Sony Media Center PC Well-Suited for the Office

 
 
By Loyd Case  |  Posted 2004-10-04
 
 
 

When we heard that Sony was shipping a "liquid-cooled" PC, visions of pumps, hoses and thermal fluid danced in our heads. As it turns out, Sonys new VAIO RA-810G uses a more prosaic heat-pipe solution to cooling the 3.4GHz, Prescott-based Pentium 4 processor.

We were also intrigued, however, because the RA-810G uses Microsoft Windows XP Media Center Edition as its operating system. Weve reviewed Media Center PCs in the past, including the Gateway FMC-901X and Dell 4600C. Alas, Gateway seems to have stopped shipping the FMC-901X, which was one of the better living room PCs weve encountered from a major OEM. Dell offers Windows Media Center edition now on most of its PCs, with the apparent exception of the trim 4600C.

Home theater PCs (HTPCs) are becoming less viable as time goes on, mainly due to the growing number of standalone DVRs and digital set-top boxes that will do the same thing and look better in the living room to boot. So this new Sony VAIO seems targeted squarely at home offices and dorm rooms, where a "do-everything" PC makes sense. Does Sonys Swiss Army Knife approach work? We take the 810G for a spin to find out. The new VAIOs chassis offers clean, spare lines, without much embellishment. Its most distinguishing feature from the outside is that it appears to be a small box atop a larger box, separated by a channel nearly large enough to pass an arm through.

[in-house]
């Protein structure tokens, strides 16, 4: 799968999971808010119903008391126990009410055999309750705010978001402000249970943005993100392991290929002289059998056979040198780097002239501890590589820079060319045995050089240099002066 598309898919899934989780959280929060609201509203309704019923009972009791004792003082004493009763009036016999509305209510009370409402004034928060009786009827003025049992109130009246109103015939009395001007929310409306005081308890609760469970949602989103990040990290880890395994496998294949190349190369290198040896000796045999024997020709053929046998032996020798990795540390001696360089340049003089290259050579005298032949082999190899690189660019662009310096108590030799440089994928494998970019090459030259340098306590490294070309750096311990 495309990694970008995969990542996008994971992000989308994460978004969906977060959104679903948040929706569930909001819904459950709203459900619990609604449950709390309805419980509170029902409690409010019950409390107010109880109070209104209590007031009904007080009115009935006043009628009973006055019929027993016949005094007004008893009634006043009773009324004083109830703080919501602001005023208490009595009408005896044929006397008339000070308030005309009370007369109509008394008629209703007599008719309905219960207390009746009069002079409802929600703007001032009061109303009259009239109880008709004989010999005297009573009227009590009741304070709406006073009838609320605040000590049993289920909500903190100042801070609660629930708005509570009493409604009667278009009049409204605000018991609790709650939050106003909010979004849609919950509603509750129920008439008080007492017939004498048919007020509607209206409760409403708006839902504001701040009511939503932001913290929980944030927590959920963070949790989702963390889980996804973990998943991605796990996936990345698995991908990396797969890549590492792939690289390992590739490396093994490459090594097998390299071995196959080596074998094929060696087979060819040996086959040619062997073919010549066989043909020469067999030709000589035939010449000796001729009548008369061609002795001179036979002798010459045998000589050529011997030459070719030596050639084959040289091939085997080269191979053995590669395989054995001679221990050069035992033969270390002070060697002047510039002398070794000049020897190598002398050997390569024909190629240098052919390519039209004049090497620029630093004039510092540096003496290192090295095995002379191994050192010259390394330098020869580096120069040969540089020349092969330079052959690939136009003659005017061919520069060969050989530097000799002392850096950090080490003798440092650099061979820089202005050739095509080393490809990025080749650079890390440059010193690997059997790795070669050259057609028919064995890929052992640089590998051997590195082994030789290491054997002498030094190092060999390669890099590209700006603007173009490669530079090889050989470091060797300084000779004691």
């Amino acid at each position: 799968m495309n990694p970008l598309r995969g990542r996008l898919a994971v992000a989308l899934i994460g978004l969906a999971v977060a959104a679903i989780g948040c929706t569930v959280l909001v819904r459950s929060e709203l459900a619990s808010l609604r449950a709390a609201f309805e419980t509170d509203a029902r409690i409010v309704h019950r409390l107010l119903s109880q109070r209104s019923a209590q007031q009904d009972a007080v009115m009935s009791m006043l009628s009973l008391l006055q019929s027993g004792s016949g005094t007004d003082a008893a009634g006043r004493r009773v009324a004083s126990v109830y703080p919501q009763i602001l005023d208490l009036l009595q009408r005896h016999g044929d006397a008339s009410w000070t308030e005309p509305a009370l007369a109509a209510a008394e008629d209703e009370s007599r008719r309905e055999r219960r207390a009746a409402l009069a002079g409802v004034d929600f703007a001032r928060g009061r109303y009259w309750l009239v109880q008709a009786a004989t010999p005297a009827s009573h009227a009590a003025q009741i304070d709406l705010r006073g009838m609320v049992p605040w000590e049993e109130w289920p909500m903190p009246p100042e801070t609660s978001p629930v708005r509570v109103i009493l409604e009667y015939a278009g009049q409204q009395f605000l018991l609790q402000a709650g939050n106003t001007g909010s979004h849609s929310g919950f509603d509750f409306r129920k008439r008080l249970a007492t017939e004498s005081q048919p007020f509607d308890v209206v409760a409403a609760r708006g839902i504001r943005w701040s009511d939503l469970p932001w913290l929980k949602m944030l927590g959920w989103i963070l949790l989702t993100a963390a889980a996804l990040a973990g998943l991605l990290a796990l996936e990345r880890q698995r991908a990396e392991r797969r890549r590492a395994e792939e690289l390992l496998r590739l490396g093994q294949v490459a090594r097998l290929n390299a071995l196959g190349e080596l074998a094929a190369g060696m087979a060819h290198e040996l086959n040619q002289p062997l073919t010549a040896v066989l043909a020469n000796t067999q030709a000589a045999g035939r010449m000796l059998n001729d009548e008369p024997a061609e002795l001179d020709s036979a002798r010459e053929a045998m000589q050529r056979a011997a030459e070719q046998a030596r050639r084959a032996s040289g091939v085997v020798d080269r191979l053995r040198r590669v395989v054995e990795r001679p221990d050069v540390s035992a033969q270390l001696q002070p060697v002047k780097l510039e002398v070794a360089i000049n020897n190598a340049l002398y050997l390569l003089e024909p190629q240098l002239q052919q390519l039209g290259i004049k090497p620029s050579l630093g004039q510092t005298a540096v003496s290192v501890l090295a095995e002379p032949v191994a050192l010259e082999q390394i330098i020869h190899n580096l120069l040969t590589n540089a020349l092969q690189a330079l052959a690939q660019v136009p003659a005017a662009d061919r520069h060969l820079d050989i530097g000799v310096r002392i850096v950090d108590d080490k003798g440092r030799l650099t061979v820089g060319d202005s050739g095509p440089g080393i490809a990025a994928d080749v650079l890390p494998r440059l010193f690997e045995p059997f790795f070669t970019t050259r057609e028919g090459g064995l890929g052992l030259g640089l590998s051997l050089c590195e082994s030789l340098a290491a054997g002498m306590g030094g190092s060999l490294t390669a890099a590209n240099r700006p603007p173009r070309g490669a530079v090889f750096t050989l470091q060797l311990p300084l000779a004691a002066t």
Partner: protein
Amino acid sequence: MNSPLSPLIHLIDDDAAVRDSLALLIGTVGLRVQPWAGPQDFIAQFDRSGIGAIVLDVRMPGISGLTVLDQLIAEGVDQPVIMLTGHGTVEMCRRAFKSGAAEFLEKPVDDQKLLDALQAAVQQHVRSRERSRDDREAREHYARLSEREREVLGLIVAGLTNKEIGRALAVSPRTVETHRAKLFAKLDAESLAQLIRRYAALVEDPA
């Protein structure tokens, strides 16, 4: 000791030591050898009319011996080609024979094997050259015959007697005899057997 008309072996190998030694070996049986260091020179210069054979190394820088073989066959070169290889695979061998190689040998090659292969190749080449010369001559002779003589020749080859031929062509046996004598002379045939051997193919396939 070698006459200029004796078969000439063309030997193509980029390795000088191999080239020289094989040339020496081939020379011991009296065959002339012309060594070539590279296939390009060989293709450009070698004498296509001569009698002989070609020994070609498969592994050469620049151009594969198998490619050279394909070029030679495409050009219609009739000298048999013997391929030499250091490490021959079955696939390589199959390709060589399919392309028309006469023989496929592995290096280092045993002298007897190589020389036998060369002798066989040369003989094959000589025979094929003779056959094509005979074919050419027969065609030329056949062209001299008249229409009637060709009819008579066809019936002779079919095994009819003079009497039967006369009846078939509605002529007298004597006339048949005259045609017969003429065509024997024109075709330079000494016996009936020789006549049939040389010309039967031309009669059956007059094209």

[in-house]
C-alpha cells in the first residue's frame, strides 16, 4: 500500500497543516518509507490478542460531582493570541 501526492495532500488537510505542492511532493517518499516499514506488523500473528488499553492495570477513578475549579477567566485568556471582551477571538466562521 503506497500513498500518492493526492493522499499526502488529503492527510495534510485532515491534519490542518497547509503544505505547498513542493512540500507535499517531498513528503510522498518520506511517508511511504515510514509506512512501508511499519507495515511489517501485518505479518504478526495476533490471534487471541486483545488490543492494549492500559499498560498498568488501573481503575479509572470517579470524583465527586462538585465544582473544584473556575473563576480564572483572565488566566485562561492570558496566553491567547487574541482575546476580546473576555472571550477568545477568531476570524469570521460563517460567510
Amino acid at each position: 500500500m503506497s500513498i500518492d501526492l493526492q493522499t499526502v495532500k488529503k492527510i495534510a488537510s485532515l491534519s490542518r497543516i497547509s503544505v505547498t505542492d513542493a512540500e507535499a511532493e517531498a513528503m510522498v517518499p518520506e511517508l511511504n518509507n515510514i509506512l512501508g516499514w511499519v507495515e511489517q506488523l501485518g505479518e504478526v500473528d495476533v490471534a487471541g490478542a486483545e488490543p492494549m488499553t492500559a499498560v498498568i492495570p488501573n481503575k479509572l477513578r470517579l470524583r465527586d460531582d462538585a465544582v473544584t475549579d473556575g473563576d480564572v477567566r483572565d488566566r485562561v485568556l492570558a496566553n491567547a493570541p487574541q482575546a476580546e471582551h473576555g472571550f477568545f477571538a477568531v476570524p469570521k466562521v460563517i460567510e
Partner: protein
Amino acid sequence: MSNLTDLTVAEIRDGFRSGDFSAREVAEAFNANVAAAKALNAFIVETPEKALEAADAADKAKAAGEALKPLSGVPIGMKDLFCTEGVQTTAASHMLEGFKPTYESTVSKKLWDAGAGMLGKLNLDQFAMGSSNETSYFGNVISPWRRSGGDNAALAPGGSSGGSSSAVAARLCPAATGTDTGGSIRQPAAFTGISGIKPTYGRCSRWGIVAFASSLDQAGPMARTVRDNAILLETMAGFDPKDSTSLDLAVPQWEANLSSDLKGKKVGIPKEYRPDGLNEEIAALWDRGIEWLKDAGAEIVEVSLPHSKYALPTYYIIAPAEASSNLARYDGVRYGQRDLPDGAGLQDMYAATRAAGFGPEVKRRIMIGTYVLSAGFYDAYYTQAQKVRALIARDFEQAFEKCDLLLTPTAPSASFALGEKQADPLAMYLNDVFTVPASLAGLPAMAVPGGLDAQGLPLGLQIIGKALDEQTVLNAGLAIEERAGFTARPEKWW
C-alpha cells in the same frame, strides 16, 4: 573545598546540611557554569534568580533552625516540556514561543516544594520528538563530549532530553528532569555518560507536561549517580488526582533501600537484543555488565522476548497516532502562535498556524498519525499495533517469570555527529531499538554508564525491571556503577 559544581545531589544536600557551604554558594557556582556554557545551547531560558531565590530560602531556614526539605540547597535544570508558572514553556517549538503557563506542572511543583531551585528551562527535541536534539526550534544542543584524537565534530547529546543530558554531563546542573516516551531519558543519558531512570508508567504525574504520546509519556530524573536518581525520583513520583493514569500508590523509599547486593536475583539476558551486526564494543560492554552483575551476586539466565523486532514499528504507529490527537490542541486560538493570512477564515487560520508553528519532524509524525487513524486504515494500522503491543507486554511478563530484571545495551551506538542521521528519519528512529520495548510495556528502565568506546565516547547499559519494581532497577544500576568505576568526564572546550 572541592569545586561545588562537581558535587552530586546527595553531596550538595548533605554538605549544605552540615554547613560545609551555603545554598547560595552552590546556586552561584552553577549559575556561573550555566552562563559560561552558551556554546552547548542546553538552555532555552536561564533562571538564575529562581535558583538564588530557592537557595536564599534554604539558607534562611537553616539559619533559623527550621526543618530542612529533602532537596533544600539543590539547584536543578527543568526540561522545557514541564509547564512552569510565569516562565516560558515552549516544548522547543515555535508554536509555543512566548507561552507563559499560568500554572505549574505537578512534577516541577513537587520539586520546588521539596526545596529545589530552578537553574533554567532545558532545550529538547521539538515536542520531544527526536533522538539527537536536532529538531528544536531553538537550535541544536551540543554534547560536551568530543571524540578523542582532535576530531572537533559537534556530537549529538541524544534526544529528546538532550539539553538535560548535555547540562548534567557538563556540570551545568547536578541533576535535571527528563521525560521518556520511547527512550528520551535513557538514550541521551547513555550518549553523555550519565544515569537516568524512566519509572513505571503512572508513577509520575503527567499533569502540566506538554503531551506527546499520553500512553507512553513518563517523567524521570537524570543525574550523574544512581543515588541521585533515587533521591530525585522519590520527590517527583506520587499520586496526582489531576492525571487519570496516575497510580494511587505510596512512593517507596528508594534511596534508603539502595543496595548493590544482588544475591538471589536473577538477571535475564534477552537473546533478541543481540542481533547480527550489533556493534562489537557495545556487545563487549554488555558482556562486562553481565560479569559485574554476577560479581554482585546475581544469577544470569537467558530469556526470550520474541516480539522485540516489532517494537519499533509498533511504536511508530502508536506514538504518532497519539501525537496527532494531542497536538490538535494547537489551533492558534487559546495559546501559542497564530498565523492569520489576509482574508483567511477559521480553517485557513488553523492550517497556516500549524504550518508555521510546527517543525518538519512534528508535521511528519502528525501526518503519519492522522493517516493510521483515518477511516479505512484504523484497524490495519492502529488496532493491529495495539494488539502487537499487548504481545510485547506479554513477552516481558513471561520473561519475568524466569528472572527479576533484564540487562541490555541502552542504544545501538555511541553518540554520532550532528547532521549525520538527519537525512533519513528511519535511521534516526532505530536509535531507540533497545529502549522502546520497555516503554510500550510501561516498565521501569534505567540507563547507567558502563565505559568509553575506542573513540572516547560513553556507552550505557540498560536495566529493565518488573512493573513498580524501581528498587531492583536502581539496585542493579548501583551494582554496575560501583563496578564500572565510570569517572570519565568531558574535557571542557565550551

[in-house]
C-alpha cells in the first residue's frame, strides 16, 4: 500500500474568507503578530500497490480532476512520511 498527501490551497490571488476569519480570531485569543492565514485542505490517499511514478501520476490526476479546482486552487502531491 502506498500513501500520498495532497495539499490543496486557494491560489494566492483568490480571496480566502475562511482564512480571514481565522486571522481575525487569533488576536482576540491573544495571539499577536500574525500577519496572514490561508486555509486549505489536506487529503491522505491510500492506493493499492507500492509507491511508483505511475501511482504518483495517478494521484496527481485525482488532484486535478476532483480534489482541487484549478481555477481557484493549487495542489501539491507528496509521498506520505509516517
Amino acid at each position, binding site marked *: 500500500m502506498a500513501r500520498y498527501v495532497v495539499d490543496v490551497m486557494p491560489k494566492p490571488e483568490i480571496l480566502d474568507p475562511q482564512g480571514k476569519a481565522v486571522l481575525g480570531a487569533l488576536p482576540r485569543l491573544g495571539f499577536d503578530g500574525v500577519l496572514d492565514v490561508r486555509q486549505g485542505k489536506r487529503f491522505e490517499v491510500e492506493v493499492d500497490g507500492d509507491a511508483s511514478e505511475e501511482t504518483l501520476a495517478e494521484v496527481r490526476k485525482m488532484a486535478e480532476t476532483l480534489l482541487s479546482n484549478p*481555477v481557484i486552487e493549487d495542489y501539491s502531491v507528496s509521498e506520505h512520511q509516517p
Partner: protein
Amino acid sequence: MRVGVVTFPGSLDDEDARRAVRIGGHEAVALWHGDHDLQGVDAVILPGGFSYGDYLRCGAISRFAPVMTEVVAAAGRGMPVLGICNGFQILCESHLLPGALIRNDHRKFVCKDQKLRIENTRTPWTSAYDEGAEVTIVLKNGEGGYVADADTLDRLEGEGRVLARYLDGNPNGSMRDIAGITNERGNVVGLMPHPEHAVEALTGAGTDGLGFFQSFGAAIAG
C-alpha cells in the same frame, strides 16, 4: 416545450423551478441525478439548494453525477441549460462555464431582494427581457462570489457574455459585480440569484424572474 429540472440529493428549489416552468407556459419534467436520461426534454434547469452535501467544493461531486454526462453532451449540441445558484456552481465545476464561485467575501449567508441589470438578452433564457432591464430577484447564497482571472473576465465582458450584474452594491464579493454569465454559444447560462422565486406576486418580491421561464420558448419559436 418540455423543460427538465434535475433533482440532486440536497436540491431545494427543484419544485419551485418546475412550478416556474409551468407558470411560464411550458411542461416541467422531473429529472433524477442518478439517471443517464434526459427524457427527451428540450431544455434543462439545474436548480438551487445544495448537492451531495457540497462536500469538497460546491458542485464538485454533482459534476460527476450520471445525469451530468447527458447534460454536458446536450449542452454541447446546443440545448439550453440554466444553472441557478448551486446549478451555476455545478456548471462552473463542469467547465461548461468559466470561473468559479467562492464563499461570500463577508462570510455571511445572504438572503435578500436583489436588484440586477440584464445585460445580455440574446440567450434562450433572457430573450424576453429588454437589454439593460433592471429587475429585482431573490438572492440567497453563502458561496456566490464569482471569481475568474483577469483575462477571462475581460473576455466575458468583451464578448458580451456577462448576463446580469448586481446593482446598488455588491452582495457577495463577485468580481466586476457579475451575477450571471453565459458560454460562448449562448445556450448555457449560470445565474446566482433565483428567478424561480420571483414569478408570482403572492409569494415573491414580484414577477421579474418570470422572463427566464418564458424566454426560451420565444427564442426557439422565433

Heres the VAIO RA-810Gs component inventory:

CPU Intel Pentium 4 Processor 550 3.40E GHz
Operating system Microsoft Windows Media Center Edition 2004
Motherboard chipset Intel 915P
Power Supply Delta 400W
Graphics card ATI Radeon X600 XT 128MB Video Memory
Memory 1GB PC-3200 400MHz DDR (expandable to 2.0GB)
Hard drive 250GB 7200rpm SATA
Optical drives DVD+R Double Layer / DVD+-RW Drive; and a DVD-ROM Drive with 16X DVD-ROM Read, 40X CD-ROM read
TV hardware 16x PCI Express Giga Pocket MPEG2 Realtime Encoder/Decoder board with TV Tuner
User input VAIO Keyboard / PS/2 Optical Mouse, IR Remote Control and Receiver / IR Blaster
Video inputs 2 S-Video (front and rear), composite video, coaxial
Video outputs VGA/DVI monitor port / TV-Out Port, S/PDIF Out
Audio processor Intel High Definition Audio
Speakers Stereo with subwoofer.
Additional I/O Seven USB 2.0 (three front/four rear, FireWire
Memory card support Memory Stick, Compact Flash Type I and Type II, and IBM Micro Drive
Software Giga Pocket (PVR), Click to DVD, SonicStage Mastering Studio, PictureGear Studio, Oxford Labs Studios, DVgate Plus (digital video), SonicStage (digital music), Adobe Premiere LE, Adobe Photoshop Elements 2.0, VAIO Media network file sharing, Microsoft Works 7.0, and Quicken 2004

The top section holds the optical drives and power supplies. The lower section houses the motherboard, hard drive and expansion cards. The gap between upper and lower sections is real, but the top and bottom are connected via sturdy channels.

In fact, its really a single case with a gimmicky pass-through rather than two discrete halves joined together. If you look inside the case, youll note that it looks more like a single unit that external appearance might suggest.

To read the full review, click here.

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